Demsey Back on TOUR After Brain Tumor

By Associated PressDecember 3, 2007, 5:00 pm
PGA Tour (75x100)WINTER GARDEN, Fla. -- After a 10-year absence and two operations to remove a brain tumor the size of a golf ball, Todd Demsey finally made it back to the PGA TOUR on Monday with perhaps the most significant round of his career.
 
Demsey, a former NCAA champion and amateur teammate of Tiger Woods and Phil Mickelson, closed with an 8-under 64 in the sixth and final round of Q-school to earn one of 26 full-exempt cards next year in the big leagues.
 
Frank Lickliter, who opened with consecutive 62s, completed a wire-to-wire week at Orange County National and finished as the medalist at 29-under 403. He won by four shots over Brett Rumford of Australia.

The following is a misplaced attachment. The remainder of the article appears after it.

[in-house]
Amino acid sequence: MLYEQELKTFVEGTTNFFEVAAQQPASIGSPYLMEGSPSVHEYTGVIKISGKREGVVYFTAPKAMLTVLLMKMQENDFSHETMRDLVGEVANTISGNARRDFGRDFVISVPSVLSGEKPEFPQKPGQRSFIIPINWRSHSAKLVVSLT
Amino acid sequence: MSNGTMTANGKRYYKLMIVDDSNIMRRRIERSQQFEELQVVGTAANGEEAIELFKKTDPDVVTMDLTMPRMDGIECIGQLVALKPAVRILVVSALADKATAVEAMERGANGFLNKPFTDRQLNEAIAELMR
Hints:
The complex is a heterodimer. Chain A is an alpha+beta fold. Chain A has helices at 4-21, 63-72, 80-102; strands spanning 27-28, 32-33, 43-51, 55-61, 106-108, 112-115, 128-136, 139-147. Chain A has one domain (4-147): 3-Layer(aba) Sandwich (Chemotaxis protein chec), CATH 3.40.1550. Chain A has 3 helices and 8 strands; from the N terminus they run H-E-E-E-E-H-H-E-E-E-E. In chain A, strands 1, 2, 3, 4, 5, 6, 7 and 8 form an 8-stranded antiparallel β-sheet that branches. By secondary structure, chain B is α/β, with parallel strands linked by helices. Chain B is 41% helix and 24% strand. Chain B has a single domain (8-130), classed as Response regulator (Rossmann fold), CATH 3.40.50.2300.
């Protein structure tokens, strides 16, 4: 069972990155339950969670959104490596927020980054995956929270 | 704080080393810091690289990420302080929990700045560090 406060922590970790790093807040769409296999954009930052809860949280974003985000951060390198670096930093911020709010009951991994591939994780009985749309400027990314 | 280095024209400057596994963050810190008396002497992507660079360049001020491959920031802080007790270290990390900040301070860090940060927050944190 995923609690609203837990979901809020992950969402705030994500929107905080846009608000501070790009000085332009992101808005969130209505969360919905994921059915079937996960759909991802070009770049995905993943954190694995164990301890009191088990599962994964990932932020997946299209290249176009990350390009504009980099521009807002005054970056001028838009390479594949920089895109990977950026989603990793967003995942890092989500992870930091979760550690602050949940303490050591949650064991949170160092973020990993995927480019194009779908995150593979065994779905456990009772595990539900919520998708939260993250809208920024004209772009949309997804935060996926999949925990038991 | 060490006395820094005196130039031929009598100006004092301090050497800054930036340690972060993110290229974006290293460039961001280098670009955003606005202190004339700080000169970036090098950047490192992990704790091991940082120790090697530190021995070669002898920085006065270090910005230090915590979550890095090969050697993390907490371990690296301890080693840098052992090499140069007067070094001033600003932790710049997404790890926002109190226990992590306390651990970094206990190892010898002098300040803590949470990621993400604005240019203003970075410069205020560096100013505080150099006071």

But the day belonged to Demsey, 35, who played bogey-free on the Crooked Cat course and was carried along by an amazing calm.
 
'I was just playing without any fear today,' Demsey said. 'It feels good to be calm under the most stressful situations. I really was fine with whatever happened. I came here to get my card, but it's not life or death. I have things in perspective.'
 
Demsey's only other year on the PGA TOUR was in 1997, when he made the cut in only nine of 27 events as a rookie. Back injuries slowed his career on the Nationwide Tour, but the real jolt came in 2002 when he felt constant pressure in his left sinus. At the end of the year, doctors found a tumor behind his left sinus going into his brain.
 
It took two operations to remove the tumor, but Demsey got another scare earlier this year when he discovered the tumor has returned. Doctors believe it is benign, and he will have an MRI next week to decide whether to treat it with radiation.